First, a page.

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Mean Streets Getting Meaner; Cities Launch Crackdowns on Homeless

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					Mean Streets Getting Meaner; Cities
Launch Crackdowns on Homeless

By V. Dion Haynes
Chicago Tribune (KRT)

LOS ANGELES--Having been roused from sleep by security guards demanding that she
vacate the sidewalk near a fish plant, Regina Whatley tossed her possessions into a
shopping cart, broke down her tent and departed to find another spot on the crowded
streets of skid row.

"If they catch you sleeping, they tell you you could go to jail," said Whatley, 46, a
resident of a decayed section of downtown best described as a makeshift urban refugee
camp where an estimated 4,000 people live in tents and boxes.

"They tell you you got to relocate. But where we going to go?"

With one of the largest populations of street people in the nation, the City of Angels is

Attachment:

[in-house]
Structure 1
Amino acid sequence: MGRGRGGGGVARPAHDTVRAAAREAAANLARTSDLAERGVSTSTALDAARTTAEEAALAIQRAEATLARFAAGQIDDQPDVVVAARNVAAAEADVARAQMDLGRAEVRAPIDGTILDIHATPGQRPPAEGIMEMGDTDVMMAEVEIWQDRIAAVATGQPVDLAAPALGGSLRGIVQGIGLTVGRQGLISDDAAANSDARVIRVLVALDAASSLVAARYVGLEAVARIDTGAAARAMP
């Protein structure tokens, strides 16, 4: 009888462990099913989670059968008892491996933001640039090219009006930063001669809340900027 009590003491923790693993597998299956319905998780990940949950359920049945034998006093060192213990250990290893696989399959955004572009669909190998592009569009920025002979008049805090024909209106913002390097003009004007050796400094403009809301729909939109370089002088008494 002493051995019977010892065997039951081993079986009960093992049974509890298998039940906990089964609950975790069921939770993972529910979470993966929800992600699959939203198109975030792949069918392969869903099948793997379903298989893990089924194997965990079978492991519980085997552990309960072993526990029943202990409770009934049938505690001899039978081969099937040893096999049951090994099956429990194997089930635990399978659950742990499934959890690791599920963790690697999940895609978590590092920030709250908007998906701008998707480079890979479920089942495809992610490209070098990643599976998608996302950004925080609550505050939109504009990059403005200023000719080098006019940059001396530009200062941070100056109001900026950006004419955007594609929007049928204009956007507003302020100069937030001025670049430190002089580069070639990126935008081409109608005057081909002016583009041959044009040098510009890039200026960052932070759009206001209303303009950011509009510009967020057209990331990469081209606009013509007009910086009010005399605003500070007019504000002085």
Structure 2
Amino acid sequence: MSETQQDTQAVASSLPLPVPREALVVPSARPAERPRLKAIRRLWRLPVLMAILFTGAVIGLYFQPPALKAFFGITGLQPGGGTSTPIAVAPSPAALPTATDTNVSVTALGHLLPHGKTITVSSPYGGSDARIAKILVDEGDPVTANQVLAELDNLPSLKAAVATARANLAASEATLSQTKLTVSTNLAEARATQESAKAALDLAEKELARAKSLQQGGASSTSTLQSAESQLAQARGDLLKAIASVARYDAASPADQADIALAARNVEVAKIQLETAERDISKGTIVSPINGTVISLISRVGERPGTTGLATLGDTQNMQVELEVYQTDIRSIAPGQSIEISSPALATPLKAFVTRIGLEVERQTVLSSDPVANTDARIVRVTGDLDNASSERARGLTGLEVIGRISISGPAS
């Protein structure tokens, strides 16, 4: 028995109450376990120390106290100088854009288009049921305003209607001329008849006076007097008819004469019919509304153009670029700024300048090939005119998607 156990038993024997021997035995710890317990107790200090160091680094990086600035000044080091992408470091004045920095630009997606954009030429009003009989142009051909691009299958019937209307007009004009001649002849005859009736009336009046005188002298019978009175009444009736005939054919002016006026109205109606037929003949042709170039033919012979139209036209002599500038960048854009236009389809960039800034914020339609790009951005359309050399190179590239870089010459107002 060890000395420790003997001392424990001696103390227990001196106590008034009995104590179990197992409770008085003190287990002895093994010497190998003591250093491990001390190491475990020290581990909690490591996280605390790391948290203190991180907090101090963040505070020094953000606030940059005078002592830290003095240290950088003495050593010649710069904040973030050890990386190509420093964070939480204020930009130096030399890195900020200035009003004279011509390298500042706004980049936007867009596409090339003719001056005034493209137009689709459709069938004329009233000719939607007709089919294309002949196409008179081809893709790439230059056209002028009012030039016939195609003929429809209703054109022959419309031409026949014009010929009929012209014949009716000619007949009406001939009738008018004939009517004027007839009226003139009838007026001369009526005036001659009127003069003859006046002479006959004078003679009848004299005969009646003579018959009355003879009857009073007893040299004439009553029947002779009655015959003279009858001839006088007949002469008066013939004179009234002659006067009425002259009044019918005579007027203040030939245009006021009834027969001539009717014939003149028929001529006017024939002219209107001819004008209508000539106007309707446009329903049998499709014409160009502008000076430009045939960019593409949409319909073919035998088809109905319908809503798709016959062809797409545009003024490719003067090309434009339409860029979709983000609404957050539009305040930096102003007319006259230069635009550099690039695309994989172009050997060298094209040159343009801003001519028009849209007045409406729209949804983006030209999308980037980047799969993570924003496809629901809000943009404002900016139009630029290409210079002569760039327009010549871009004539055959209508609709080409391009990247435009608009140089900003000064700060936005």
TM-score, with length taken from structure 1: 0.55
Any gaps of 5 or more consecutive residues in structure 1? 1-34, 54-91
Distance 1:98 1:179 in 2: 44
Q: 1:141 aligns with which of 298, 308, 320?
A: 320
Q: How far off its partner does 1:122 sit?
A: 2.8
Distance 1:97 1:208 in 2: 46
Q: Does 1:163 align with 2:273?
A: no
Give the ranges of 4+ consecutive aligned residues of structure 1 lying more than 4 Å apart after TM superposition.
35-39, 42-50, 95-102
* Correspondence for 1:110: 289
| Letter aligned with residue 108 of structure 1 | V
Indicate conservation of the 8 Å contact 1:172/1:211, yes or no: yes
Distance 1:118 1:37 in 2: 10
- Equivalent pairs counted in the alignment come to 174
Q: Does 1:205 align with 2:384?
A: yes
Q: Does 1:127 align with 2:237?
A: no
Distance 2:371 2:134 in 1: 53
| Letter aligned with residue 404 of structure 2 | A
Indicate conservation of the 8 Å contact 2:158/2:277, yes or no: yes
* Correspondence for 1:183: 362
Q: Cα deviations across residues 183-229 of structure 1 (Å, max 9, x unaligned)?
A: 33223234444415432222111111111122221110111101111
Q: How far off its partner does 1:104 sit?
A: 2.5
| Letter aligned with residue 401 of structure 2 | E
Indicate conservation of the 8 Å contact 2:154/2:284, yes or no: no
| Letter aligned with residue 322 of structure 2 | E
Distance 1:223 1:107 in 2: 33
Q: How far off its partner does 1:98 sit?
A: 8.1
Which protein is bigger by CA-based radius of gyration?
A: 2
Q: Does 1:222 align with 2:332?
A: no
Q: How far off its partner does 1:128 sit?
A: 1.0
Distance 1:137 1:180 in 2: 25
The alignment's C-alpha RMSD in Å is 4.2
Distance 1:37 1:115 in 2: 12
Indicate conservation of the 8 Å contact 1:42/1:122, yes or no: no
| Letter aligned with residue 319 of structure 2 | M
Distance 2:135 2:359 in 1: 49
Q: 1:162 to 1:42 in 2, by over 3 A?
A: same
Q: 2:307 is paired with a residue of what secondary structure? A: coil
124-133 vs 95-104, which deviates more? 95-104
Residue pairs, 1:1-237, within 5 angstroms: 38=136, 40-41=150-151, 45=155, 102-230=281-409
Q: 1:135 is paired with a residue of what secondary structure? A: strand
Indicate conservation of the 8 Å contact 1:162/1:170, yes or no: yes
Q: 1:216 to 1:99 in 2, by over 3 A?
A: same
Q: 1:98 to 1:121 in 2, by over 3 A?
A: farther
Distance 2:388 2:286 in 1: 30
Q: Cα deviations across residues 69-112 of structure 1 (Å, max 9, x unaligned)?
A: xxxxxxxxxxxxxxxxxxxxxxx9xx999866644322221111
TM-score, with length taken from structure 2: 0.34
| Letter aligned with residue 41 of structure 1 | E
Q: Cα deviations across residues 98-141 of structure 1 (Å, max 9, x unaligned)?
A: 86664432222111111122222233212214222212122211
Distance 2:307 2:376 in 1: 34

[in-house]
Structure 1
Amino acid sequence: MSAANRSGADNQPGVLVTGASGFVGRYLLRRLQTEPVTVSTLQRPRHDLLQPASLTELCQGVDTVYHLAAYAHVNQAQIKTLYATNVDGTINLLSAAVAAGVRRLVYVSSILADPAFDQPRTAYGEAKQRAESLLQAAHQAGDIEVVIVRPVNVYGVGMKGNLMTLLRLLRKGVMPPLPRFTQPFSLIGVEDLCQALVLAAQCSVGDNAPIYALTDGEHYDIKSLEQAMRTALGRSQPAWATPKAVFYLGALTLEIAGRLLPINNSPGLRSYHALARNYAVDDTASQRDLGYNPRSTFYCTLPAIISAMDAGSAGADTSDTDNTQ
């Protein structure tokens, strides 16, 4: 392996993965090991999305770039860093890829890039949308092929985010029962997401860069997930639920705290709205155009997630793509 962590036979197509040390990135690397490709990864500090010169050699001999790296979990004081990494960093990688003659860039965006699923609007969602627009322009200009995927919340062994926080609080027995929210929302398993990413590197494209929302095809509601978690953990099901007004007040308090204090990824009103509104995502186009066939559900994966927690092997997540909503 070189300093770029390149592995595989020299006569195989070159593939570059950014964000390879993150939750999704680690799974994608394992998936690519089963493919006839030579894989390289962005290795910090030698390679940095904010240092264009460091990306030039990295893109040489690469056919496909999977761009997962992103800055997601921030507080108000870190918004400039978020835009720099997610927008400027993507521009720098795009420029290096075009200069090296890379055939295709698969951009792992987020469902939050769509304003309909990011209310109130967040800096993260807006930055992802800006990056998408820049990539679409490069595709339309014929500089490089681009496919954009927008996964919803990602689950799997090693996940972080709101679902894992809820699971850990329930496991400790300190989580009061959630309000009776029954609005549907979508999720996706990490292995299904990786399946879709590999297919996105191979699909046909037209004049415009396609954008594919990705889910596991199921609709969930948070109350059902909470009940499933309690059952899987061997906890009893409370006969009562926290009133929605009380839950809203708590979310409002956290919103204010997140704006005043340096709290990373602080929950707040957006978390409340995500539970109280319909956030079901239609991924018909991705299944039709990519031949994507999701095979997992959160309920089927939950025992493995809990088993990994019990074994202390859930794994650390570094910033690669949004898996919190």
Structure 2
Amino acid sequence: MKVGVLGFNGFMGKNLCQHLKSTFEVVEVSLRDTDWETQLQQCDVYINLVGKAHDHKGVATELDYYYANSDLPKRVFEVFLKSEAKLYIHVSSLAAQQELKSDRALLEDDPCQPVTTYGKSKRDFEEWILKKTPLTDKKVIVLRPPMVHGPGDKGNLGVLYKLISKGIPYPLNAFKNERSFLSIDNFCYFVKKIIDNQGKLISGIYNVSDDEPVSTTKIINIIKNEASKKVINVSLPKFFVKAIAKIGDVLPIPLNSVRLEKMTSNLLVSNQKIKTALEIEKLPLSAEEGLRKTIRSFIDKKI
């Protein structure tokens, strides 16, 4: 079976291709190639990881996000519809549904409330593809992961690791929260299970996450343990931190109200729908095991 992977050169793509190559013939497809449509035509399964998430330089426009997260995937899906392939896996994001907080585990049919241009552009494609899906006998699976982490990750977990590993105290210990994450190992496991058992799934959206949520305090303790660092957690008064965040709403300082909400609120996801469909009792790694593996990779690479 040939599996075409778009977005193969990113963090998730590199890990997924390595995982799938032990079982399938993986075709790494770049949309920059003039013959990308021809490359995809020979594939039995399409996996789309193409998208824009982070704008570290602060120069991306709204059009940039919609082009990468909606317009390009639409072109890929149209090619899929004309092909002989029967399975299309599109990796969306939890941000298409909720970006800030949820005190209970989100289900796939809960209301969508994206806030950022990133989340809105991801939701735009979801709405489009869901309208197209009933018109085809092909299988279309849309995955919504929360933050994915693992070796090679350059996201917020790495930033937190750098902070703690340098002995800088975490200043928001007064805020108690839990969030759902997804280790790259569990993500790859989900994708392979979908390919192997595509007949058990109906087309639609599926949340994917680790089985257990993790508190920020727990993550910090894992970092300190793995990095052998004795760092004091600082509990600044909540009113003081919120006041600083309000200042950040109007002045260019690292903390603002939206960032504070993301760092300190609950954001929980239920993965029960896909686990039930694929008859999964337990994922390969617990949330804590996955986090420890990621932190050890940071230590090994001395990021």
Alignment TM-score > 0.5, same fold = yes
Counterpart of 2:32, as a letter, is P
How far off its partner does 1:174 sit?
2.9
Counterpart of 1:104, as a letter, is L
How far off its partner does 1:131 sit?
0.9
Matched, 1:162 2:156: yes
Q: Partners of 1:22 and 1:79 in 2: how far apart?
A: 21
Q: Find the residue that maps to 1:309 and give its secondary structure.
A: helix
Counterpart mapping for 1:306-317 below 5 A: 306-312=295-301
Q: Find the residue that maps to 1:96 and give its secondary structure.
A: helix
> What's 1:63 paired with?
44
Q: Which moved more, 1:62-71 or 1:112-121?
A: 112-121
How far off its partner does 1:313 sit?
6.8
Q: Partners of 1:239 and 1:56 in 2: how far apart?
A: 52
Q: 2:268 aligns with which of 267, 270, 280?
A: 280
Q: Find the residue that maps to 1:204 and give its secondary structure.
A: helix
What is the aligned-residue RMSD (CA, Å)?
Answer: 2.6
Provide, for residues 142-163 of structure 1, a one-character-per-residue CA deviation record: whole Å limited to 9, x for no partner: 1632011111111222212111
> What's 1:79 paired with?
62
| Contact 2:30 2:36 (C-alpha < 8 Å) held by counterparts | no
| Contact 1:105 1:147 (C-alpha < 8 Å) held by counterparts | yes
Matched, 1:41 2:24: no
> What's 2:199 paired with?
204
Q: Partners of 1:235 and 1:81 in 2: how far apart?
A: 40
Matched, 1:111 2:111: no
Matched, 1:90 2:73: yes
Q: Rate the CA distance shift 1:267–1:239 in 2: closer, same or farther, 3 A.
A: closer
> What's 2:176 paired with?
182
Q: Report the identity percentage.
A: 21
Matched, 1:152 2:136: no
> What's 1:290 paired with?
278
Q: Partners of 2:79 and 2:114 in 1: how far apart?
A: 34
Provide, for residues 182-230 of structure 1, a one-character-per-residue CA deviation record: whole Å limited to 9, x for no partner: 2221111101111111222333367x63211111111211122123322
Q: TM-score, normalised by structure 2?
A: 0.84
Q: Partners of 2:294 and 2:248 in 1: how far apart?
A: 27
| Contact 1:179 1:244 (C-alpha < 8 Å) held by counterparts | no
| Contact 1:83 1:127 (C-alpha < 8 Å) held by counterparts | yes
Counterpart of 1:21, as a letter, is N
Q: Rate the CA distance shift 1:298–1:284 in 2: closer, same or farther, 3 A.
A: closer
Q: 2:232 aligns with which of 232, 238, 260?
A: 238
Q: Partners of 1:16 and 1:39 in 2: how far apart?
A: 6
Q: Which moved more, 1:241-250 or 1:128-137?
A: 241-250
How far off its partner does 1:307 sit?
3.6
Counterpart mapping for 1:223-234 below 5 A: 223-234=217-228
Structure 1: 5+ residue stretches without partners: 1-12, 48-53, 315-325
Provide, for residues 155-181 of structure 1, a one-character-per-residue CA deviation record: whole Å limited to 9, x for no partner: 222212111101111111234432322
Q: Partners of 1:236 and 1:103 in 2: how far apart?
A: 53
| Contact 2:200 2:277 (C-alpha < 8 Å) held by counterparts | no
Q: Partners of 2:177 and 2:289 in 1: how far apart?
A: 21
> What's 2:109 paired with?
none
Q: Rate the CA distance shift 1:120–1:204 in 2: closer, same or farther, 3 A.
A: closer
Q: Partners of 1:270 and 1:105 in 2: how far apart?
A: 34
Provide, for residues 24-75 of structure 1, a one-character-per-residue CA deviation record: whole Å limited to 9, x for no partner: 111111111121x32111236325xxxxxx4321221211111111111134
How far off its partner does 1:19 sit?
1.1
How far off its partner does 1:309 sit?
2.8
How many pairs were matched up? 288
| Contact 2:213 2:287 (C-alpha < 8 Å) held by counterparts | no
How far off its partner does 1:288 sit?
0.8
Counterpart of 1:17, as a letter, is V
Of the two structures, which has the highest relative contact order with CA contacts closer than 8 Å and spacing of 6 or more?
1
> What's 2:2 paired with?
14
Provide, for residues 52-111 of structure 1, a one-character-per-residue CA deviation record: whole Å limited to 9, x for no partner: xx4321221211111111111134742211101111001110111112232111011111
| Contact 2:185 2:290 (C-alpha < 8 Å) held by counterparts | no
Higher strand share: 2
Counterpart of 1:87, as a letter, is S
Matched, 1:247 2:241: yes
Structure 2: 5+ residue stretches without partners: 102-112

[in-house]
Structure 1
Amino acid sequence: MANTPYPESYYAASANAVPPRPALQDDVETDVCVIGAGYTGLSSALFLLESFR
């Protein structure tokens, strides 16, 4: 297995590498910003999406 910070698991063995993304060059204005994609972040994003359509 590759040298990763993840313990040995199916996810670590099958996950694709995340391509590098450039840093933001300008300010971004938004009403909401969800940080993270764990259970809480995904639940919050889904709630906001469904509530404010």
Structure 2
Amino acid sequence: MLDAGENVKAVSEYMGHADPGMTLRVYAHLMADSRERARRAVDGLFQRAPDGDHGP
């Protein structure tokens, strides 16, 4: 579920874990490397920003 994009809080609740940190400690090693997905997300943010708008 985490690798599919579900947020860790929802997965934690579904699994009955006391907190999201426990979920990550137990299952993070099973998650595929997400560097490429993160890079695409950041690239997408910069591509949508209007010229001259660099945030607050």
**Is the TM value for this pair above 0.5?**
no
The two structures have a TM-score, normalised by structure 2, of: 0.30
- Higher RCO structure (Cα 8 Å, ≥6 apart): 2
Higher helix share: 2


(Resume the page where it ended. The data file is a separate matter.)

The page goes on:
embarking on a campaign to disperse the homeless from their traditional hub and make
certain aspects of homelessness a crime.

A growing number of cities, including Los Angeles, Seattle and Atlanta, are
criminalizing activities of the homeless, according to the National Coalition for the
Homeless. More than 60 cities are introducing measures to make it illegal to beg or sleep
on the streets, to sit in a bus shelter for more than an hour or to walk across a parking lot
if the person doesn't have a car parked there.

In Los Angeles, the objective is to clear out "Tent City," an area where prostitution, drug
dealing and even open defecation have hampered decades-old plans to draw shoppers,